as published in Creative Retailer magazine, February 2012 issue, pp 28-31
Many creative-type people have some system for keeping track of ideas and projects they find inspiring. Whereas these people once relied on corkboards hung above workspaces or in handy portable binders, they now depend more and more on digital sources. They use virtual clipping services or social bookmarking sites to create an ongoing list of favorites. These “inspire-me” compilations kept in the cloud make a handy reference guide, but lack the visual impact of yesterday’s inspiration boards. Until now. Enter Pinterest.
Pinterest.com is a “virtual pinboard”, where you can create “boards” made up of individual “pins” to bookmark ideas and projects you want to remember. You can also browse and follow pinboards created by other people – a great way to discover new things and get inspiration from people who share your interests. In fact, one of Pinterest’s goals is “to connect everyone in the world through the 'things' they find interesting”.
Some savvy retailers have started using Pinterest, not only to bookmark inspirational ideas, but also to promote their businesses.
Debbie Dusenberry, owner of Curious Sofa, a creative lifestyle online store, is one of those retailers. When she closed her brick-and-mortar storefront, the primary customer complaint was the absence of Dusenberry’s trademark visually inspiring displays. Dusenberry sees Pinterest as way to provide visual inspiration for her customers, similar to the inspiration they once found by looking at her in-store displays.
“Pinning boards with various styles and ideas helps me to give them a little something to look at,” she explains. “I also personally like it because I miss all my shelter magazines and this is a great source for me to file away ideas.”
Since mentioning her Pinterest account (http://pinterest.com/curiousdeb) on her blog, Dusenberry reports that her followers have grown every time she posts something, usually about 12 new followers a week. Her followers currently number 390.
Dusenberry advises keeping a strict focus to identify the best pieces to pin. “Now that I am an online retailer, Pinterest is strictly business for me as is most of my networking. I want to be specific to what the Curious Sofa brand is about. My purpose is always focused on visual ideas in home decor, art and style. I am not interested in recipes, nail color, bridal dresses, cute quotes, etc. That is not what customers follow me for.”
Pinterest can also act as a sort of “creativity curator” service. “It can condense thousands of publications into the best of the best,” says Dusenberry. “It saves time. I discover magazines, blogs, websites, artists, countries and places I would have never found on my own.”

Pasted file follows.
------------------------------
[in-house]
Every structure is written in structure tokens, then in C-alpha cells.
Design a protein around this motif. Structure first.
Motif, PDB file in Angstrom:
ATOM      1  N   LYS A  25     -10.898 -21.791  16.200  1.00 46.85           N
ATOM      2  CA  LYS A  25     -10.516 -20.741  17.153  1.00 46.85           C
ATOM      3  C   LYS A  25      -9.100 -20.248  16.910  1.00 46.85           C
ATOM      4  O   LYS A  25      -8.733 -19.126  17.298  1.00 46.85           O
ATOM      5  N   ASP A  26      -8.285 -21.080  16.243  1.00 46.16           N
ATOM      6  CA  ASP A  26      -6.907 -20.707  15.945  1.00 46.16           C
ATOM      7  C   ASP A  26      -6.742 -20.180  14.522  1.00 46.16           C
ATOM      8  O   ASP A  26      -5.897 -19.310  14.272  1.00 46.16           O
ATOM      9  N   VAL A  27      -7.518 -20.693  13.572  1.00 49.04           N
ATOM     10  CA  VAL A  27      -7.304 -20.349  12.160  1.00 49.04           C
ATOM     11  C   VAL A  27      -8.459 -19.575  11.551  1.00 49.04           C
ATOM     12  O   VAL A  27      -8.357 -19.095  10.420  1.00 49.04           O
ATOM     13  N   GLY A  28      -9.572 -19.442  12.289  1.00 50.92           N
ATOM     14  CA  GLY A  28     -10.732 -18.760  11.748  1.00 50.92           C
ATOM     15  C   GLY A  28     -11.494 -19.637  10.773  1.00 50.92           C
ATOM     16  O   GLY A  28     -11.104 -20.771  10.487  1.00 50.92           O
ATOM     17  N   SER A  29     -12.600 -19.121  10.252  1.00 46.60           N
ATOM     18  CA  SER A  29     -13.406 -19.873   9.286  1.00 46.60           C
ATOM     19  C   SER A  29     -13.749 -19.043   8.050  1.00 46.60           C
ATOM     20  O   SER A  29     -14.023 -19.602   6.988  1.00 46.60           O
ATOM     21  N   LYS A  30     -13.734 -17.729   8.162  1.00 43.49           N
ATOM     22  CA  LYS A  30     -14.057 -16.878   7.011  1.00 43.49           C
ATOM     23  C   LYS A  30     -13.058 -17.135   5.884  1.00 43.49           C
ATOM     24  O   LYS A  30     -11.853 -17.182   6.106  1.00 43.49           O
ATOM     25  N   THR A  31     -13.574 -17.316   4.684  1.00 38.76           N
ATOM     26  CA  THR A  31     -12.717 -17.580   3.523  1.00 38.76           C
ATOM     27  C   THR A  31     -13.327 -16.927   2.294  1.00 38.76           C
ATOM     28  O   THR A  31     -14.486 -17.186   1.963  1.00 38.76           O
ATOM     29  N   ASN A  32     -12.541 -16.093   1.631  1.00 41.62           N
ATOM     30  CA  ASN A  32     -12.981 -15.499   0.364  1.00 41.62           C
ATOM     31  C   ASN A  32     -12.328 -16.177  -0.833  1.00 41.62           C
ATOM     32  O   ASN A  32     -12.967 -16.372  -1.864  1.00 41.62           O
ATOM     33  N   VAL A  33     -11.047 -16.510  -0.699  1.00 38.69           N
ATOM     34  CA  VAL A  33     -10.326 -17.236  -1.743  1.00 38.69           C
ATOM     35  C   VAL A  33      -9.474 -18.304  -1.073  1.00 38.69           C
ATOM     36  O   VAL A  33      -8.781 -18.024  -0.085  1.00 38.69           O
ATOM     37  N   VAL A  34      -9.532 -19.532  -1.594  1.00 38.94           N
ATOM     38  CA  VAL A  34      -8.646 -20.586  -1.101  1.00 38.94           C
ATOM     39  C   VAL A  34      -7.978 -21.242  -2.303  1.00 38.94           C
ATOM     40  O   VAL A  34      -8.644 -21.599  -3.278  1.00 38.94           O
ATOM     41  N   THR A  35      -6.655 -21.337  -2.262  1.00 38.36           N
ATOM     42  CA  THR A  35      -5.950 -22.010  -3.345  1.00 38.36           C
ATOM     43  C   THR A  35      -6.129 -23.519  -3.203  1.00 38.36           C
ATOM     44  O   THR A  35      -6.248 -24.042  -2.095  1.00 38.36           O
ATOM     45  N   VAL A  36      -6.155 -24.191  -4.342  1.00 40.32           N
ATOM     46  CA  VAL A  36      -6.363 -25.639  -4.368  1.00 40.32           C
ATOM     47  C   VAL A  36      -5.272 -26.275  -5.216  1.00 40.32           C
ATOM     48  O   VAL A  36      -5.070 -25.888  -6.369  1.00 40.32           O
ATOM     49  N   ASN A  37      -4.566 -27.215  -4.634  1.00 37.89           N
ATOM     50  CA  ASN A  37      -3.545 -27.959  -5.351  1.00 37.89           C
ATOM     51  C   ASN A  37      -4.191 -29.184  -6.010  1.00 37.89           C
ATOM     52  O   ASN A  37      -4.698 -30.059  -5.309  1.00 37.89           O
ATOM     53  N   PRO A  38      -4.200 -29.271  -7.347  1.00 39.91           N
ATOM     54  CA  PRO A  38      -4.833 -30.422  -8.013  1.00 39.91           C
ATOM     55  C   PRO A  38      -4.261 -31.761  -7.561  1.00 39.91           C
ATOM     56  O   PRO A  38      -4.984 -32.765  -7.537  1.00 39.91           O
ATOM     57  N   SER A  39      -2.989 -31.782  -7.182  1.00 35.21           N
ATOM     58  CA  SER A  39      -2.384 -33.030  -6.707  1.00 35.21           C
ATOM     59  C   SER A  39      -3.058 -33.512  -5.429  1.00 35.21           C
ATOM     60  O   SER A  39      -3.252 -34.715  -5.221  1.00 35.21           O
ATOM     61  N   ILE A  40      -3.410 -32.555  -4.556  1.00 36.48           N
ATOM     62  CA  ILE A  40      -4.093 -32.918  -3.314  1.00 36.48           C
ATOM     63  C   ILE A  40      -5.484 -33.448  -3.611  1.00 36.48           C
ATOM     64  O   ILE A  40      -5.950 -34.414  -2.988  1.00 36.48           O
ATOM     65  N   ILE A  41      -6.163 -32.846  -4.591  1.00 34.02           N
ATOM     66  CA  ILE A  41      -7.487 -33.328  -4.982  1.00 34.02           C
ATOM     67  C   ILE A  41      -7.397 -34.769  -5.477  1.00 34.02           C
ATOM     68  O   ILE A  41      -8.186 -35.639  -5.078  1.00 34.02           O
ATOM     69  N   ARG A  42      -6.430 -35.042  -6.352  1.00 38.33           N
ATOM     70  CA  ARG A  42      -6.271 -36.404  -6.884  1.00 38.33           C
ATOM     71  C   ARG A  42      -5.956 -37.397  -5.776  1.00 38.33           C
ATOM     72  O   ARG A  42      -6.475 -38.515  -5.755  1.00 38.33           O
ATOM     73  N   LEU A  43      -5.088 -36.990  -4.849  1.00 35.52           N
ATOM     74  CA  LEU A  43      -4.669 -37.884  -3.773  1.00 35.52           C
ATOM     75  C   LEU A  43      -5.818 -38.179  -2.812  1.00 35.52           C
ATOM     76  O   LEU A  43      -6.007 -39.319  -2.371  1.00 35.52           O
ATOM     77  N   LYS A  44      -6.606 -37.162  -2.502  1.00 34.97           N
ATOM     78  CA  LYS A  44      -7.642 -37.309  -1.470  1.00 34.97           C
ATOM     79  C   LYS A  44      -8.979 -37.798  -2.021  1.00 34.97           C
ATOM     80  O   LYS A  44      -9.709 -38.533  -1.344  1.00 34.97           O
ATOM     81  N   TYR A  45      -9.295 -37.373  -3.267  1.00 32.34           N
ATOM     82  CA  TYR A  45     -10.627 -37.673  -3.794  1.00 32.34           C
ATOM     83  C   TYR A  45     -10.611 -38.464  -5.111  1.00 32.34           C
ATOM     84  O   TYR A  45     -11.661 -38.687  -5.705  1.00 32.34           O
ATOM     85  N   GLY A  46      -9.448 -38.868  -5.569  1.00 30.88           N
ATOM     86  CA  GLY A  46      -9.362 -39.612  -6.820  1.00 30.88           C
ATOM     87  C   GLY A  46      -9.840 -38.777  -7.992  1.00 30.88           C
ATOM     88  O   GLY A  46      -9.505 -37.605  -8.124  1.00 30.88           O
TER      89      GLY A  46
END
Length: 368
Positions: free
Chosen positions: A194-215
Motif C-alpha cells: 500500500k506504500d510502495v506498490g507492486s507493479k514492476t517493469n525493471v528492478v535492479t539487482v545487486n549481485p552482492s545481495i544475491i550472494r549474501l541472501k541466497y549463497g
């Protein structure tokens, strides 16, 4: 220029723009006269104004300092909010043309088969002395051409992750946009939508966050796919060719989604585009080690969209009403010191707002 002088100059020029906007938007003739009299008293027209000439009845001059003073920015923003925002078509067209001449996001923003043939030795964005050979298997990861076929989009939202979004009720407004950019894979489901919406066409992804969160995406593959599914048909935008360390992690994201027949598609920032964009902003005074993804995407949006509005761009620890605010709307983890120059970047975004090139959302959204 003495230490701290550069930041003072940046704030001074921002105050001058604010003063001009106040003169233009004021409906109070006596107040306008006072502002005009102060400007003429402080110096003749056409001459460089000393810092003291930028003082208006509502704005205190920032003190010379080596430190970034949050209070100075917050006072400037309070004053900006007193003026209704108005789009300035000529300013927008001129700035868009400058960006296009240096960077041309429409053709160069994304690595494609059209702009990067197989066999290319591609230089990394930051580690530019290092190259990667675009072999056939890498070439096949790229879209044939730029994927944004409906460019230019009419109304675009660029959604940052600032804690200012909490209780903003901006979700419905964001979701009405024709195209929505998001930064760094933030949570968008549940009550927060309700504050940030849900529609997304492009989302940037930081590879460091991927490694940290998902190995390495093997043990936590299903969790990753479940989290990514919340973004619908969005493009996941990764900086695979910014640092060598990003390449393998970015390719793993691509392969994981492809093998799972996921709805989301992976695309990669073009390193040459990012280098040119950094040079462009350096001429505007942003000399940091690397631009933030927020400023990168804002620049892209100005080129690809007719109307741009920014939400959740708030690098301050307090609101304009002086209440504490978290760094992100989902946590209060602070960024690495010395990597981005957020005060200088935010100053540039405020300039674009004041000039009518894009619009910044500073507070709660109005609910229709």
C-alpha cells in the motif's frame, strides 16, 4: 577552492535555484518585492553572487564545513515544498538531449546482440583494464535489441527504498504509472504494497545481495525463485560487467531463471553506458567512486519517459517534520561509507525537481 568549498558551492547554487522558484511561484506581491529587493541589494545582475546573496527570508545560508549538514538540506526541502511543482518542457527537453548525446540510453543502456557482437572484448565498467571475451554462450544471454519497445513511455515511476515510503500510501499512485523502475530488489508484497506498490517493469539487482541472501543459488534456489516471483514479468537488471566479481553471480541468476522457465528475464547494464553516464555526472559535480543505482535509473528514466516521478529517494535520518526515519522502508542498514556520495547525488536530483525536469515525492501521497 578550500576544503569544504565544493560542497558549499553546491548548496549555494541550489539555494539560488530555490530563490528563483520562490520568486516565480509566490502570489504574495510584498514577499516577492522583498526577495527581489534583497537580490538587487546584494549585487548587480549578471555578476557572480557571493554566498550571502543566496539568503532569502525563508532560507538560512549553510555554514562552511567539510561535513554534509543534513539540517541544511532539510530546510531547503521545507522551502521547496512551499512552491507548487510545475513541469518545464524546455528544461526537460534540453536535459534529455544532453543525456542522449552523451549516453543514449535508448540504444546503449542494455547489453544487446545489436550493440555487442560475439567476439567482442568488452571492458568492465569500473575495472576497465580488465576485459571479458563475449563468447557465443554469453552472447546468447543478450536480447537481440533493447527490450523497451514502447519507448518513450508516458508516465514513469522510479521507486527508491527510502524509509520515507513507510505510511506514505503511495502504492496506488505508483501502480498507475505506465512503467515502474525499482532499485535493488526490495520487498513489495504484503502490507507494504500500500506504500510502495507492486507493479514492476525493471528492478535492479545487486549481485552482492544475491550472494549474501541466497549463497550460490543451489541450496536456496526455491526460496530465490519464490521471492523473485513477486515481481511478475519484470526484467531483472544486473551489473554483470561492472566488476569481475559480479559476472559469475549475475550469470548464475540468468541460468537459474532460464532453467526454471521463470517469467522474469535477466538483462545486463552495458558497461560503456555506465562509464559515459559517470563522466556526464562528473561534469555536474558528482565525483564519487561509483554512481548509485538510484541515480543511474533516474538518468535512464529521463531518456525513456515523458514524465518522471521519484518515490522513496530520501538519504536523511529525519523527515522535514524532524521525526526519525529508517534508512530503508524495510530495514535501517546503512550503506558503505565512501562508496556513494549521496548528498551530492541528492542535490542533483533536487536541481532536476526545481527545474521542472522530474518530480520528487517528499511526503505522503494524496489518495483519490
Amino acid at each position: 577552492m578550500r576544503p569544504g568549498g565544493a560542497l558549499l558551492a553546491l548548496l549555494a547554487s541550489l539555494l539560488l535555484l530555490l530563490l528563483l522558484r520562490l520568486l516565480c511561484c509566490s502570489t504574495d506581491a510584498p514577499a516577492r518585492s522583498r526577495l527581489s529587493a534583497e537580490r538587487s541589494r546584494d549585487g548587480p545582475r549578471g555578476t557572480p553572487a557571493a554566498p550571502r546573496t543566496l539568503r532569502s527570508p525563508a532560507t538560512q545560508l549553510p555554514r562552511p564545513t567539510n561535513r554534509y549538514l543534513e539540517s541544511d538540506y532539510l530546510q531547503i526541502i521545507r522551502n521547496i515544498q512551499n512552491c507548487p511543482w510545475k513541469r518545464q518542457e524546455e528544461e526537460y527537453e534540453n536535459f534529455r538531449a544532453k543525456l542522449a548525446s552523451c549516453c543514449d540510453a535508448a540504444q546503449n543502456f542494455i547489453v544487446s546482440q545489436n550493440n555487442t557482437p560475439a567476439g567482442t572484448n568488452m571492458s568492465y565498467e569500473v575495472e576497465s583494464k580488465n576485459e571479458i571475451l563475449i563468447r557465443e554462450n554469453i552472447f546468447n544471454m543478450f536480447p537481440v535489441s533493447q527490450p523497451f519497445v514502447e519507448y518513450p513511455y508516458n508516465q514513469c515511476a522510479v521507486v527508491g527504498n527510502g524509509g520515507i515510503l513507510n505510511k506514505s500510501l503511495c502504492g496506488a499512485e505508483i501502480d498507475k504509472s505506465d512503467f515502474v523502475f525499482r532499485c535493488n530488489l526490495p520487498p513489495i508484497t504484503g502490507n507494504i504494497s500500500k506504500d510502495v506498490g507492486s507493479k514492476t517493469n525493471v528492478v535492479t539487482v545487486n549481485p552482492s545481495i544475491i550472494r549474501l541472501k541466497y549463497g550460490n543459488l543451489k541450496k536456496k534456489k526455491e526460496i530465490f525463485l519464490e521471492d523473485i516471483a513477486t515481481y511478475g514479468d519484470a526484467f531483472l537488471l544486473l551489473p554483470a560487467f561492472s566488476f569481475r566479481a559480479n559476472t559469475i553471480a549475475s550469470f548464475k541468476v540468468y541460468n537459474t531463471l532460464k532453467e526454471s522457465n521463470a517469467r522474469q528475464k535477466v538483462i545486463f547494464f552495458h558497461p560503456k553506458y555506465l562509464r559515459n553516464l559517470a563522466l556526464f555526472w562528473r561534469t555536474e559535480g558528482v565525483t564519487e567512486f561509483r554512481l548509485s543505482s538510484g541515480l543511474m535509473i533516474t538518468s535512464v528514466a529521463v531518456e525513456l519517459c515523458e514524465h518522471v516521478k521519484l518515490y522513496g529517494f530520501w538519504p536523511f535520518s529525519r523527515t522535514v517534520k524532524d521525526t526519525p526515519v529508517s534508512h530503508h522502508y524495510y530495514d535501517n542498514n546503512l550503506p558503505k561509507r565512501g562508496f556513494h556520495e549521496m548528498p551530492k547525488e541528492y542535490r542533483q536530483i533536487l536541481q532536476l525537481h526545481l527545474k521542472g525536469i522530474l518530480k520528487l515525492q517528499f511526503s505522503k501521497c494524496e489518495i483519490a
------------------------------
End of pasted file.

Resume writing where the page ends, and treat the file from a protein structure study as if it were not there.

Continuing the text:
CraftsDirect.com, a brick-and-mortar retail store in Waite Park, Minnesota with an online storefront, also uses Pinterest to promote their business and inspire their customers. Nicole Klein handles CraftsDirect’s social media marketing. “First we always pin the store samples and projects we create here,” she explains. “I think our core followers are looking to us for those project ideas that we provide.” She also seeks out pins from other Pinterest users that she can “repin” onto the CraftsDirect boards (http://pinterest.com/craftsdirect/). “I try to repin things that I think our followers will enjoy seeing – crafty, creative, and fun things. I also always look for things that they can make or create using supplies they can find here at our store.”
“I also love that you can always link a pin to an original source,” Klein continues. “When we pin something of ours we always have it link back to a project sheet, our blog, website, or Facebook page. That way we don't have images of ours floating around without people being able to find us in the end. It is also helpful from the other side when we are trying to find more information about a project that we have found on Pinterest.”
Another tip from Klein: research which of your projects attract attention. “If you go to: http://pinterest.com/source/'YOURDOMAINNAME' you can see what people have pinned from your site,” she explains. “This is a great way to see what people like from our site. Of course it doesn't give a complete picture but it does give us a glimpse of what catches people’s eye.”
Like many social media tools in their infancy, it may be hard to judge the efficacy of marketing efforts with Pinterest. You can look at your blog or website statistics, and review the number of visitors referred by Pinterest, and talk to in-store customers to verify if anything pinned online brought them into the store. More than likely, pieces posted to Pinterest aren’t going to be a purchase-decider, but rather another brand marketing effort to establish your expertise within your field. Your audience will recognize that your Pinterest boards are a guaranteed creativity resource they can refer to when they need inspiration. Your other marketing communication efforts – such as email newsletters, Twitter posts about sales, and Facebook updates – can remind your customers to come in to your store.
So add a little visual interest to your news feed with a Pinterest account – one pin may be all it takes to convince a customer, “Oooh, I want to make THAT!”
NOTE: Read the full digital version of the magazine in the Creative Retailer online archive.